SHADOWS OF GIBRALTAR: One of Australia’s most notorious cycle climbs the Gibraltar Range is Bryan Crispin’s backyard playground. The Hanging Rock Station manager will attempt the 228km Grafton to Inverell on Saturday. PHOTO: BILL NORTH
SHADOWS OF GIBRALTAR: One of Australia’s most notorious cycle climbs the Gibraltar Range is Bryan Crispin’s backyard playground. The Hanging Rock Station manager will attempt the 228km Grafton to Inverell on Saturday. PHOTO: BILL NORTH

Crispin set for first Grafton to Inverell Cycle Classic

THE veins of many a cyclist quiver in fear at the sight of the Gibraltar Range.

A 17.3km stretch of the Gwydir Highway snakes its way up what is known as "the great chunk of rock", forming the single most daunting feature of Australia's toughest single-day road race.

Rising from an elevation of 120m above sea level to 1050m, the Category 1 climb has an average gradient of 5.4%.

Spare a thought, then, for Bryan Crispin.

 

 

The 46-year-old has been the manager at Hanging Rock cattle station for the past three years. For 364 days a year the property lies nestled beneath a mountainous sanctuary of World Heritage listed Gondwana rainforests.

On the other day - which rolls around every October - it trembles in the shadows of a menacing, gravity-defying wall of fear.

Crispin has had plenty of time to stare up and contemplate the course.

"I live at Hanging Rock Station and the turn off to it is five kilometres from the bottom of the range," Crispin said.

"I've never raced it before, so this will be the first effort.

"Obviously I do it in training. It's pretty much climbing the whole way. There are a few flat sections, but she's a pretty tough climb."

The Alpe d'Huez of the Subaru National Road Series makes or breaks competitors just 70km into the 228km Grafton to Inverell Cycle Classic.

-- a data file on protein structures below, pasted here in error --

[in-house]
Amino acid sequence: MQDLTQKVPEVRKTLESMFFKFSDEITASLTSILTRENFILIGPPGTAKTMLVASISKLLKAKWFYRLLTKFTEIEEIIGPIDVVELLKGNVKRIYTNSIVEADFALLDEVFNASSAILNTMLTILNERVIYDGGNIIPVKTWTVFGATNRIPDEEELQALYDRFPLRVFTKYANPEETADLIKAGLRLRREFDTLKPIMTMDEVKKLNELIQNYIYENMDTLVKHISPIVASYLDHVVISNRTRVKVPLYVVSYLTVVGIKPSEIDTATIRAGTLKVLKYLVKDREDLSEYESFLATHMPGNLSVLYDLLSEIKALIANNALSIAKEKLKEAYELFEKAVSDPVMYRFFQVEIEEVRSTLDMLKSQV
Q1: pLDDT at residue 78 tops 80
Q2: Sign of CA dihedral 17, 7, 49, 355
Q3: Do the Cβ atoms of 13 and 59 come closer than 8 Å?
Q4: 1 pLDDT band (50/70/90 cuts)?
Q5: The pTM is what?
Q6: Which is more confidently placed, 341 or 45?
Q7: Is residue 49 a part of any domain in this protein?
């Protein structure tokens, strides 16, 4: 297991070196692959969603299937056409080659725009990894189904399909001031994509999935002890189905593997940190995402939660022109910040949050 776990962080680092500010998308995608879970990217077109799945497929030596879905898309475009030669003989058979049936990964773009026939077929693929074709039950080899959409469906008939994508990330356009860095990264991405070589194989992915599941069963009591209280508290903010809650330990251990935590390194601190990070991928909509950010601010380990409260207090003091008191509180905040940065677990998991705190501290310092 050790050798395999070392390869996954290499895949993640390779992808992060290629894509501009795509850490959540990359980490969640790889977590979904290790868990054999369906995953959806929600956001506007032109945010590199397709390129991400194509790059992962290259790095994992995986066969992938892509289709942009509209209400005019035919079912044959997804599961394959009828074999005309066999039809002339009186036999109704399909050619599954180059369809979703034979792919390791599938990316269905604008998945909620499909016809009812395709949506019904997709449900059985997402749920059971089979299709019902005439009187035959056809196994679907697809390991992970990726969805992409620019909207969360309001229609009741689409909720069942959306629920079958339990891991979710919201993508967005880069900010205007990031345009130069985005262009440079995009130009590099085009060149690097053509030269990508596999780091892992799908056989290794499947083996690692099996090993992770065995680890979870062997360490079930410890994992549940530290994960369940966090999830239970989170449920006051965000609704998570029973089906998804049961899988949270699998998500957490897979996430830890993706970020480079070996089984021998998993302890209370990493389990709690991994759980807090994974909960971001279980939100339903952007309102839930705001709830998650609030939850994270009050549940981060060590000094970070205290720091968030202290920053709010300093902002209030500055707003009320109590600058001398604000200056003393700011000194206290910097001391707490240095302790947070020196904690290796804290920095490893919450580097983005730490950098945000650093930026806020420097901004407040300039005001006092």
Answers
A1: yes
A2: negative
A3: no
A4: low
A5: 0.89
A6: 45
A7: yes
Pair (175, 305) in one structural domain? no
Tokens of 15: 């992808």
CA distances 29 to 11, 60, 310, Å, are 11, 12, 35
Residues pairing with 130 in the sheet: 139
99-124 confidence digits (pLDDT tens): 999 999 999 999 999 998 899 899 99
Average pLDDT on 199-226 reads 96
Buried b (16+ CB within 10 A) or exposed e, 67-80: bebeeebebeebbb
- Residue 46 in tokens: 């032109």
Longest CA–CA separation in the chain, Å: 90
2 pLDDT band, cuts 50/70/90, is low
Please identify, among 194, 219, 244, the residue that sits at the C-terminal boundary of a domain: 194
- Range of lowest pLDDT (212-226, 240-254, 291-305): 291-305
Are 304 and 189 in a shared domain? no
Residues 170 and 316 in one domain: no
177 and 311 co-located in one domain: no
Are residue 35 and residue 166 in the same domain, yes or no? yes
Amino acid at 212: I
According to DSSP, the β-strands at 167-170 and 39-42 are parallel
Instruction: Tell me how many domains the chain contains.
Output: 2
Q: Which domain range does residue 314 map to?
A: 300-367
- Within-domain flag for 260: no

Crispin will be one of 66 starters in C Grade.

"Once we get over the top of the range, if you're not in the front group your race is pretty much over and it's still a long way to go," he said.

"It's going to be tough for sure. It's supposed to be the toughest one day race in Australia."

 

 

The Gibraltar Range is just one of four peaks in the King of the Mountains points classification, and just one of 14 categorised climbs, including seven before cyclists even consider 'the big one'.

Indeed, while it is the longest, it is not the steepest climb on the course, with the 820m stretch up to Jackadgery Gap testing riders' legs with an average gradient of 6.7% just 38km into the race.

Crispin has cycled "on and off" for three decades. However, he only decided to enter his first Grafton to Inverell four weeks ago.

"I've been on and off the bike for 30 years. Mostly off probably - I've had a fair few comebacks.

"It's a race I've never done. As a young fella I wish I had've. So I thought it's about time I did before I get too old and it gets to be too hard.

"I've never ridden this distance before. I've done a few 150k rides and last weekend I did a 200, which was just for this race, but obviously there's still another 28k's to go after that.

"Now I've really got back on for the enjoyment of it and next year the world title race is in Australia so it works out great to be in training for that as well."

A total of 190 cyclists will start the 228km race at 8am on Saturday from Memorial Park in Prince St, Grafton.

Follow @G2iRace on all social media, and hashtag #G2i and #G2i15 for live updates.

 



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